Catholic schools in the Diocese of San Diego will accept “any” personal belief exemption for the coronavirus vaccine once California’s mandate for schoolchildren goes into effect.
“In implementing any legal mandate for Covid vaccinations that includes a personal belief exemption, the Catholic schools of the Diocese of San Diego will accept any parents request for exemption as valid,” said a Nov. 1 letter to school pastors and principals from the diocese’s Offices for Schools and Communications & Public Affairs.
“The consensus among legislative analysts with whom we have spoken is that it is unlikely that the legislature will give legislative approval for a mandate without a personal belief exemption,” they said.
On Oct. 1, California Gov. Gavin Newsom (D) announced that all children enrolled in public, charter, or private schools aged 12 and older would need to be vaccinated against the coronavirus, albeit with personal belief exemptions. This mandate gos into effect January 2022.
In California, a 2019 law prohibits religious exemptions and personal belief exemptions for standard childhood vaccinations, including measles, rubella, polio, and inoculations against seven other diseases. Only medical exemptions are allowed for these cases. Prior to this policy, parts of the state had childhood vaccination rates comparable to developing countries.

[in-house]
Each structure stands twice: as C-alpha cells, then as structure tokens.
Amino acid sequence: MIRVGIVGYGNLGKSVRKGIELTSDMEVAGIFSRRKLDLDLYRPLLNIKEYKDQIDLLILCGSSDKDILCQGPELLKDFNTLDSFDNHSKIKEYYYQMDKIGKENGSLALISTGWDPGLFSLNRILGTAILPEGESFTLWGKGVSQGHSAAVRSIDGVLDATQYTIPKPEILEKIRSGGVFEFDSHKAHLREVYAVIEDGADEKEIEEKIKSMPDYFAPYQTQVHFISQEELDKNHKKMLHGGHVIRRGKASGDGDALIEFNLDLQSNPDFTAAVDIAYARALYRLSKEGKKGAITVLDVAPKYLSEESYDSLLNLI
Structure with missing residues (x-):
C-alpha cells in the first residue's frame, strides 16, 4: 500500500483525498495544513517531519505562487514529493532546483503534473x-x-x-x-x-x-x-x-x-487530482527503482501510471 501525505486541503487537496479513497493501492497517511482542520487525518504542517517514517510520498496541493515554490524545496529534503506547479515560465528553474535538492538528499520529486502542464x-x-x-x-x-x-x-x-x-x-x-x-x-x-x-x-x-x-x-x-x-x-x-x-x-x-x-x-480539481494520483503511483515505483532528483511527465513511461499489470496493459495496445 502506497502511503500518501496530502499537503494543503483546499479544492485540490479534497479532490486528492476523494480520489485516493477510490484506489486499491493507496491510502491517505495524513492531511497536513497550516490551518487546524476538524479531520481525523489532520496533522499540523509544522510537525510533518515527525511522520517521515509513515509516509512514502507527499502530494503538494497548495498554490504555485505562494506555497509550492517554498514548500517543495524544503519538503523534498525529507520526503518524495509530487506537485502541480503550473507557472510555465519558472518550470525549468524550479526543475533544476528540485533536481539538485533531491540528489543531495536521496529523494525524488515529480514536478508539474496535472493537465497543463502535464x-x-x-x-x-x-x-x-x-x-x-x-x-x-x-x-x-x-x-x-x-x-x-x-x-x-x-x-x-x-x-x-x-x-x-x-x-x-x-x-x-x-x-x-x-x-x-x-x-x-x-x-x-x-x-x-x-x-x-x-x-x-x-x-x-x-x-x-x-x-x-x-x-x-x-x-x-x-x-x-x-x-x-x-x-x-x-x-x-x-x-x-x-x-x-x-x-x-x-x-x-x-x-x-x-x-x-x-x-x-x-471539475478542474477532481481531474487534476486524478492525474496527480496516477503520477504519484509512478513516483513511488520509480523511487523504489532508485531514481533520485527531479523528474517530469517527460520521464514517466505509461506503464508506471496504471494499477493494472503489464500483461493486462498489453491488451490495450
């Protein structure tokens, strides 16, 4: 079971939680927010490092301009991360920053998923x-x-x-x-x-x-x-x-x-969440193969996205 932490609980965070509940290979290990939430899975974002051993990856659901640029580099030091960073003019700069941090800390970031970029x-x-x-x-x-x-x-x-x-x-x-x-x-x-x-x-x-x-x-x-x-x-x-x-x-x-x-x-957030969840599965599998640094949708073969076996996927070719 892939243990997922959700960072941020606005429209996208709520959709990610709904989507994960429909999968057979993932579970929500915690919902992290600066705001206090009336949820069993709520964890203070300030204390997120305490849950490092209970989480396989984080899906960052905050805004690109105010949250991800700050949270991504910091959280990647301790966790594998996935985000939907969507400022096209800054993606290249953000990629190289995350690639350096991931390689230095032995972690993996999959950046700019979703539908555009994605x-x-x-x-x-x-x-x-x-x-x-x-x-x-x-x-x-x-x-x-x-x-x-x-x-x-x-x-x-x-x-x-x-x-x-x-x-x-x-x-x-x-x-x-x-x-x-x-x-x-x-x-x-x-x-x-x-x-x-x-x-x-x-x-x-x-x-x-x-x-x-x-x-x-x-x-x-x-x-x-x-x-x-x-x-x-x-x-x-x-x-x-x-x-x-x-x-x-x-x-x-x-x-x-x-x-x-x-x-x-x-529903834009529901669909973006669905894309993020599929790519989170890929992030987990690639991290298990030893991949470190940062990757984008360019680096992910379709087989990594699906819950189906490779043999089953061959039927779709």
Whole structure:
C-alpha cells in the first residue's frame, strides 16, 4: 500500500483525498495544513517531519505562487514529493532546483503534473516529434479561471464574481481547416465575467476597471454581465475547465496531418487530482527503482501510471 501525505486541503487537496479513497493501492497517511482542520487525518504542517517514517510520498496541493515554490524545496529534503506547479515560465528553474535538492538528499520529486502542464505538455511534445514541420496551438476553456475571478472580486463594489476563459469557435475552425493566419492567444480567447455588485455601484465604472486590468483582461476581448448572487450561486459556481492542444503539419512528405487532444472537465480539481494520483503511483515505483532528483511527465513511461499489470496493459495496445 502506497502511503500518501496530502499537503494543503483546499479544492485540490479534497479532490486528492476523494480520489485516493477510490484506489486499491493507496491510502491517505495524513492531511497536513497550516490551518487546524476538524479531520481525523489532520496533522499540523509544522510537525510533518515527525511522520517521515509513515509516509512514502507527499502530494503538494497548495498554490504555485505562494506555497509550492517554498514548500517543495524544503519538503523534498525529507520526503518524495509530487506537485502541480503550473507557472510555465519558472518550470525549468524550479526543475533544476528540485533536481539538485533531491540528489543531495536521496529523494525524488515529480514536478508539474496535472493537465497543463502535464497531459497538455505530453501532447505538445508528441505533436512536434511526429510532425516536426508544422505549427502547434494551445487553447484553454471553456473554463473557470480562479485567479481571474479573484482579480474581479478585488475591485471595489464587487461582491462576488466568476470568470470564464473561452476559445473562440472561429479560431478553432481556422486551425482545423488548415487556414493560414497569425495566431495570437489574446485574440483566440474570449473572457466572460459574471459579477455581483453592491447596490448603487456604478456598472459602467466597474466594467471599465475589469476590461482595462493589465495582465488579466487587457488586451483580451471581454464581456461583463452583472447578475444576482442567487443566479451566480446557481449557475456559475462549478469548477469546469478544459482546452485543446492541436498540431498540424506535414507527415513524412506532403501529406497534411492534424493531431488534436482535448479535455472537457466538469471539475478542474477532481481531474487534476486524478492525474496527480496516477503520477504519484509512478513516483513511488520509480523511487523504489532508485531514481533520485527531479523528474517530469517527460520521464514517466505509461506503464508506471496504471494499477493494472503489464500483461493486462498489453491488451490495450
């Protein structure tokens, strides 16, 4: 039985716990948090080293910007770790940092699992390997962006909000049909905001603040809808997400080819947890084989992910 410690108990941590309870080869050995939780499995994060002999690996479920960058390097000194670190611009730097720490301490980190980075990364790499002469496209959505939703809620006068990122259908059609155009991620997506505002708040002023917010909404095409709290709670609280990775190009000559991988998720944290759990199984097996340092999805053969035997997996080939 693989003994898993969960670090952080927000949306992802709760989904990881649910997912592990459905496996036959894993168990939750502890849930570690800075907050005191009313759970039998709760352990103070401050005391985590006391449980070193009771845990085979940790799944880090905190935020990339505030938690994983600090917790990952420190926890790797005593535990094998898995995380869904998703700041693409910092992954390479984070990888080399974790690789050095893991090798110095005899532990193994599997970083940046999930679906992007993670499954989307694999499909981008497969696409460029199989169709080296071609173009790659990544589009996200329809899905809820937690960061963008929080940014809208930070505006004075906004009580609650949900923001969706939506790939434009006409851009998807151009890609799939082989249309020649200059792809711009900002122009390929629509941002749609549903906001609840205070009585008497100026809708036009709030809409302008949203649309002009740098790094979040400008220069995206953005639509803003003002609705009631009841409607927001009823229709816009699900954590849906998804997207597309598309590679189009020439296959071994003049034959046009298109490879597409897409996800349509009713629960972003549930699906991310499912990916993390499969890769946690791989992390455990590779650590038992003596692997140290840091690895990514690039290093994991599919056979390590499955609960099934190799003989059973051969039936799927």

While religious and personal belief exemptions are not allowed for fully-approved childhood vaccines, California law requires that any additional vaccine that is added to the list of mandatory vaccinations without legislative approval must allow for personal belief exemptions. Newsom did not go through the California legislature when mandating the coronavirus vaccine for students.
Presently, the COVID-19 vaccine produced by Pfizer-BioNTech is available for children aged 5 and up thanks to an emergency use authorization.
The mandate has proven divisive even ahead of its implementation, said the diocese.
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